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7327Check this interview with "anthropologist" David Graeber

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  • Ann Bragdon
    Jul 1, 2011

      Hundreds of Thousands of Greek and British Workers Stage Strikes As
      Governments Push Austerity Cuts

      More than 750,000 British public sector workers staged a 24-hour
      strike Thursday in a stand-off with the government�s plans to reform
      public sector pensions. The reforms come as the government tries to
      trim its deficit and would require public workers to work longer, pay
      more toward their pension and receive less upon retirement. Meanwhile
      in Greece, thousands of workers staged a 48-hour strike and many took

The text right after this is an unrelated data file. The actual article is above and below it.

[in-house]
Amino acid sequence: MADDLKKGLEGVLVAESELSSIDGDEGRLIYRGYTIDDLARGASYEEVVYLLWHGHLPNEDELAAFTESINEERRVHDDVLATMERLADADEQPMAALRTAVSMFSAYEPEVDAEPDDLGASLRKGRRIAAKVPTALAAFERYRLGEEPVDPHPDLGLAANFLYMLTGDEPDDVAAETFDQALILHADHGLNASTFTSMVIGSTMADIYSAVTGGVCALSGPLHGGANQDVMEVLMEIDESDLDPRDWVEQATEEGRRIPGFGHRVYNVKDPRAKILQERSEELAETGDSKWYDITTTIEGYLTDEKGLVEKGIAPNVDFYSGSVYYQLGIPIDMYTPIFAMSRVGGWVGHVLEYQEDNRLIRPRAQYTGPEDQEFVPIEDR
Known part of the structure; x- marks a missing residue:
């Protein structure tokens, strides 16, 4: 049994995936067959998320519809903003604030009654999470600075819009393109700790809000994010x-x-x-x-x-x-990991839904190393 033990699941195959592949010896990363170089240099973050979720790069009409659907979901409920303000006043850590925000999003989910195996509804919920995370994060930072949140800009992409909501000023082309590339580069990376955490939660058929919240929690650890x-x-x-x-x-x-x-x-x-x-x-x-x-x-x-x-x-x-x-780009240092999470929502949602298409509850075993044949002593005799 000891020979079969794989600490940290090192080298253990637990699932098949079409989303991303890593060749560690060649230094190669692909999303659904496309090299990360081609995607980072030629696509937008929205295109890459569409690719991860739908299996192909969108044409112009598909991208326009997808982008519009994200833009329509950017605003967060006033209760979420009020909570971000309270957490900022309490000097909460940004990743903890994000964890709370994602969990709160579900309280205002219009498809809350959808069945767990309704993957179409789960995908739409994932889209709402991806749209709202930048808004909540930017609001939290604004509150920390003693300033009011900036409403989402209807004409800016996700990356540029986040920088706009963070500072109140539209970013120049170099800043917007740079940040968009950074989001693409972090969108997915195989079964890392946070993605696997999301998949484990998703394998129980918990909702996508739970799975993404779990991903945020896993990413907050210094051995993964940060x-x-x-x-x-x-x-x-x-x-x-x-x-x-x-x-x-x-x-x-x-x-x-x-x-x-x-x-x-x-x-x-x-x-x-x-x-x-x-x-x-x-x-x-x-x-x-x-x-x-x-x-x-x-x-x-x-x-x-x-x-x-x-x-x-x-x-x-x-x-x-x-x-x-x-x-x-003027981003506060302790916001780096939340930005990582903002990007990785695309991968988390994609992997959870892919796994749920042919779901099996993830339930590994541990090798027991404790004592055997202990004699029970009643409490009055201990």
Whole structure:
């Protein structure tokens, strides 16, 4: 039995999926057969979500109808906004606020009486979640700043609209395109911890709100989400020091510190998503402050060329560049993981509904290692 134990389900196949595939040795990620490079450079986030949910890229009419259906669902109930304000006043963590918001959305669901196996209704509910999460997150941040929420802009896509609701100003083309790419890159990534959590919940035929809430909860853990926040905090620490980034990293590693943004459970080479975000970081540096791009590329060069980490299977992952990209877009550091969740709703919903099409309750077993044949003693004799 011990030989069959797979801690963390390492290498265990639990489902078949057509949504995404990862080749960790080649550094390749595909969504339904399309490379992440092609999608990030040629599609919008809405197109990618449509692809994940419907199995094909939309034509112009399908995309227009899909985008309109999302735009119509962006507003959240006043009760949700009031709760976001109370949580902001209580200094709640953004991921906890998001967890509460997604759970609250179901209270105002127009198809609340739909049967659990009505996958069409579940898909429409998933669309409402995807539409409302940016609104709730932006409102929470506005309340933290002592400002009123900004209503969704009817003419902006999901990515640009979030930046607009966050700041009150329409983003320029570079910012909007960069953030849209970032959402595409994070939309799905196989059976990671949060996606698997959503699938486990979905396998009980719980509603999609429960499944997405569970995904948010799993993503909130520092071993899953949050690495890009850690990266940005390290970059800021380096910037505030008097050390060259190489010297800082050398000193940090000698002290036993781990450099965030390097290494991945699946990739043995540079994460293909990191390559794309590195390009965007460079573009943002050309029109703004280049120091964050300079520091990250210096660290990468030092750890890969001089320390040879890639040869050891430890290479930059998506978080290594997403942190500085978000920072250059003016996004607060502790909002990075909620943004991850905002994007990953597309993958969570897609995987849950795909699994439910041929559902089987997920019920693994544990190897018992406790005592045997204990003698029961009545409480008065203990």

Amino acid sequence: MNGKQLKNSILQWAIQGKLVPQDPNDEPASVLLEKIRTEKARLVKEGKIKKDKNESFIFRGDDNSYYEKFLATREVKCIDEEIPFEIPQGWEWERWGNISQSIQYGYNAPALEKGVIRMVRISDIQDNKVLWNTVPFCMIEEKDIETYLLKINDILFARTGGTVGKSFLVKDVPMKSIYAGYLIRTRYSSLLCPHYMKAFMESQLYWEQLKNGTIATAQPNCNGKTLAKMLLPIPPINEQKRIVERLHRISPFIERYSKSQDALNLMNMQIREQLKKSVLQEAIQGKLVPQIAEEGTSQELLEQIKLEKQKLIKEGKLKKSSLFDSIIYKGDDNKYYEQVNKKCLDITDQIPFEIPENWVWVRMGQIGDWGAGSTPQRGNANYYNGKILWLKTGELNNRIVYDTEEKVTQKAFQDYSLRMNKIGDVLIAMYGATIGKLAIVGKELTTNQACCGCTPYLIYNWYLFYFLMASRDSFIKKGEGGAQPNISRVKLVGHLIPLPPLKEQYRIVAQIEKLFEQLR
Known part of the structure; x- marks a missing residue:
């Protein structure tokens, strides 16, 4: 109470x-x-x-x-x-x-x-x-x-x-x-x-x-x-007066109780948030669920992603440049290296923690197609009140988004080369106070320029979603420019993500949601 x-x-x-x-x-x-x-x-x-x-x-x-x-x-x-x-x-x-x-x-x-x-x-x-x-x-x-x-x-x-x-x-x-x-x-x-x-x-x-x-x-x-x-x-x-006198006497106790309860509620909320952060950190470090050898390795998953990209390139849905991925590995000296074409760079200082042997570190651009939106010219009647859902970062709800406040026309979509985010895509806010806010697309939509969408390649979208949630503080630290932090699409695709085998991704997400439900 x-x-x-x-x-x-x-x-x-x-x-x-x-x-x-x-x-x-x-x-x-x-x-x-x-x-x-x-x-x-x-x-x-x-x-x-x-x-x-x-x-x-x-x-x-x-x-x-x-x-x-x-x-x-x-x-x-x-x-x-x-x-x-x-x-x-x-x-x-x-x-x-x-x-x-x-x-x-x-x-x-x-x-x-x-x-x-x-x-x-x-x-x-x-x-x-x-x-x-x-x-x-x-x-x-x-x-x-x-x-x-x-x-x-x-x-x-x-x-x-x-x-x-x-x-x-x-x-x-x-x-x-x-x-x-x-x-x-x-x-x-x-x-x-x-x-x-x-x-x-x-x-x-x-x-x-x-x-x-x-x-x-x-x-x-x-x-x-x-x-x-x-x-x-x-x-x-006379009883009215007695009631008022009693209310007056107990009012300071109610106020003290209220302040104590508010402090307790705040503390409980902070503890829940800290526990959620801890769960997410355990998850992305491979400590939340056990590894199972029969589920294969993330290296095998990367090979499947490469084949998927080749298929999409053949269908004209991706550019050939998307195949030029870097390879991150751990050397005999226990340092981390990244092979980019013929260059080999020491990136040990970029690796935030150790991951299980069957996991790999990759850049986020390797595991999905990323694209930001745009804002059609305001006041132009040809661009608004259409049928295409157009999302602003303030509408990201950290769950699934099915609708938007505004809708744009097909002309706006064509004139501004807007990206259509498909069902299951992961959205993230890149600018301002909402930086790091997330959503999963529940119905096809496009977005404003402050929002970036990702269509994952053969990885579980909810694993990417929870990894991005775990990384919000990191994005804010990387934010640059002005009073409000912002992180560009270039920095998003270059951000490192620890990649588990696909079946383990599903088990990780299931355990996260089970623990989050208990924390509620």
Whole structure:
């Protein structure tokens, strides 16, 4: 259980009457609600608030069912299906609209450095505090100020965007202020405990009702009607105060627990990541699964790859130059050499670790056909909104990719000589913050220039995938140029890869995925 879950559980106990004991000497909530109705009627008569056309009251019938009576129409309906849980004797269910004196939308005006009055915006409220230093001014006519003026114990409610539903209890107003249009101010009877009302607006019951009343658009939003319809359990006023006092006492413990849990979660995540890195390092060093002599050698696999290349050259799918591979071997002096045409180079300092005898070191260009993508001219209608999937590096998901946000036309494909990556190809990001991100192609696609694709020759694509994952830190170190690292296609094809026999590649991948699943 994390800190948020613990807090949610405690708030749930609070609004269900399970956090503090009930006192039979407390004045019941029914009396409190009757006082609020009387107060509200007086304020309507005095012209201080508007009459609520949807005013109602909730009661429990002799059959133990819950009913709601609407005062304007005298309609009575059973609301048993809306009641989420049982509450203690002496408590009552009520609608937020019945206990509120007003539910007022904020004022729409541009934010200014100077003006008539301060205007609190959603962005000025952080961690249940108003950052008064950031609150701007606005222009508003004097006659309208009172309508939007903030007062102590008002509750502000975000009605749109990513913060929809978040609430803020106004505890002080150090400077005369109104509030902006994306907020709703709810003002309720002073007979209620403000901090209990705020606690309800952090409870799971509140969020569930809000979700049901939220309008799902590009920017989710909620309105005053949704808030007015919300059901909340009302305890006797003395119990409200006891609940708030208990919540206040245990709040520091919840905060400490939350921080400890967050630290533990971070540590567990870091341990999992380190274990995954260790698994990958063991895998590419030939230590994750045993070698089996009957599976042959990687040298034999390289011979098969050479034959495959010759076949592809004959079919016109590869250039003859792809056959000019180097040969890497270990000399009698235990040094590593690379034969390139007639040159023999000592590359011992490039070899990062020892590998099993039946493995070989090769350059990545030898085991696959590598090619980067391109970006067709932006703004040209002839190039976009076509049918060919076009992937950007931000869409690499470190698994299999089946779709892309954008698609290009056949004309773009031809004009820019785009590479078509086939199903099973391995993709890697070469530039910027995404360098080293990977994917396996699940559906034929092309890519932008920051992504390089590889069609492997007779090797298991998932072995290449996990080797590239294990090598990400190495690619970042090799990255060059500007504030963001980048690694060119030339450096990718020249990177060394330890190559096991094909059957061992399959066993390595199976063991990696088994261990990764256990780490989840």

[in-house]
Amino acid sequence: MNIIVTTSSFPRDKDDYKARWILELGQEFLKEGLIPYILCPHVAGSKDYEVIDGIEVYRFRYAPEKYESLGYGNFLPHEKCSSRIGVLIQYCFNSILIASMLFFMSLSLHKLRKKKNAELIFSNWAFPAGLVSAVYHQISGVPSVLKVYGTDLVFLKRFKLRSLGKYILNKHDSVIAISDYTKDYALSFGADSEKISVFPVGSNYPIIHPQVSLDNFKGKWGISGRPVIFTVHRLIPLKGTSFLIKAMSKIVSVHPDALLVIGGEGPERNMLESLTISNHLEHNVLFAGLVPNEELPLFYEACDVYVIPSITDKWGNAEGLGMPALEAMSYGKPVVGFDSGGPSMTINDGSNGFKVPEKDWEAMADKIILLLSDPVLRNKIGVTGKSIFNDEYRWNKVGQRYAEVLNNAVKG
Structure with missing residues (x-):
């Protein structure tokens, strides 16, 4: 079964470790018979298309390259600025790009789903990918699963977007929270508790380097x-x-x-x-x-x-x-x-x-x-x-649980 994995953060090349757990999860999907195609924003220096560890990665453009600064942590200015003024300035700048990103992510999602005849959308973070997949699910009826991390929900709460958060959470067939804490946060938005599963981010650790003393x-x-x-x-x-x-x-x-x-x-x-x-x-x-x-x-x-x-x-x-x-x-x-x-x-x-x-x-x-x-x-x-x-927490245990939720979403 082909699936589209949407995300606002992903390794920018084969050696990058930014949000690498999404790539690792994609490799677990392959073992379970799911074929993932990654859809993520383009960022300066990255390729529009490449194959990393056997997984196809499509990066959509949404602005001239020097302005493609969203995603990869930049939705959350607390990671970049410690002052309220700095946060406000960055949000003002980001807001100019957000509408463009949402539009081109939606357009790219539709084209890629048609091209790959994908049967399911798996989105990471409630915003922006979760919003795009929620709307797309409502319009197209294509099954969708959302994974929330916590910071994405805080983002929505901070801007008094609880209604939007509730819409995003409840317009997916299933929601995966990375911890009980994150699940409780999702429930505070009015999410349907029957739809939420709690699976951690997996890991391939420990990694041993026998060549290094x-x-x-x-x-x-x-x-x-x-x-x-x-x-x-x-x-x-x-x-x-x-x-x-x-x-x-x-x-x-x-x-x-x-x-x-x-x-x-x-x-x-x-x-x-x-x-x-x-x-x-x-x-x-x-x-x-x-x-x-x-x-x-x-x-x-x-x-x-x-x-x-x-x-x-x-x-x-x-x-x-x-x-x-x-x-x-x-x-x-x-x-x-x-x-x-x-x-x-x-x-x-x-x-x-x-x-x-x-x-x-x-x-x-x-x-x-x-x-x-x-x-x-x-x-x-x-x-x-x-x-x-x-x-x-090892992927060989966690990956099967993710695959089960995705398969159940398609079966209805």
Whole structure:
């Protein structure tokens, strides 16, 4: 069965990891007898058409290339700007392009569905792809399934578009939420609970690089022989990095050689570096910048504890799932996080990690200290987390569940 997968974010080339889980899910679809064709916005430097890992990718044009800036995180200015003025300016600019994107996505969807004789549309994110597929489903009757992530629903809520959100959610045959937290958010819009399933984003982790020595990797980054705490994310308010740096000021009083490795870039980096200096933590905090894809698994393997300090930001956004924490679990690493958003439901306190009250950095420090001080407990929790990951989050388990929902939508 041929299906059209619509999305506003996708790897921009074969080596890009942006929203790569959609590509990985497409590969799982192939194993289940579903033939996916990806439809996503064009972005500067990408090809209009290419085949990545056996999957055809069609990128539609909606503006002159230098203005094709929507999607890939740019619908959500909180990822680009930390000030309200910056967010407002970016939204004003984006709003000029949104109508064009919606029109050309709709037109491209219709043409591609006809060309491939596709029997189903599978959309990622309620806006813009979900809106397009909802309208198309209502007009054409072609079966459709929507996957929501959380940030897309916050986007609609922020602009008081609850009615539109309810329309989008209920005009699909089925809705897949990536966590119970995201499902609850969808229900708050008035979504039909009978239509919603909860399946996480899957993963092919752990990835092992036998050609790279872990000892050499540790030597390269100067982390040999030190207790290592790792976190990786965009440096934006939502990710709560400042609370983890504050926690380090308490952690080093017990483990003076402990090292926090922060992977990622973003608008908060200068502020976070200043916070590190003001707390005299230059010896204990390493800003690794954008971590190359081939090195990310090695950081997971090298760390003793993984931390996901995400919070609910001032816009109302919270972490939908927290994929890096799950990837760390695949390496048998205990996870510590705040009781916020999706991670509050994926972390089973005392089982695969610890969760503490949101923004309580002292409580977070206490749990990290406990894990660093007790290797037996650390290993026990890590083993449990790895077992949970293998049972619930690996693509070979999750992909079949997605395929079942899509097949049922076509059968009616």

to the streets after the Greek Parliament approved a raft of austerity
      measures that include spending cuts, tax increases and privatizations
      as a condition for a massive bailout to avert the Eurozone�s first
      default. �There is a common theme to the protests that are taking
      place across Europe, and that is not just the public sector workers
      defending their pension rights, but also a generation of young people
      for whom quite a stark picture is being painted of their future,� says
      our guest Paul Mason, an economics editor for BBC Newsnight who just
      returned from reporting in Greece. We also speak with David Graeber,
      author of "Debt: The First 5,000 Years." �Most revolutions in our
      history have been about debt,� says Graeber. �It is a perennial tool
      by those who are powerful to make the victims of structural
      inequalities feel that it is somehow their fault.� [Includes rush

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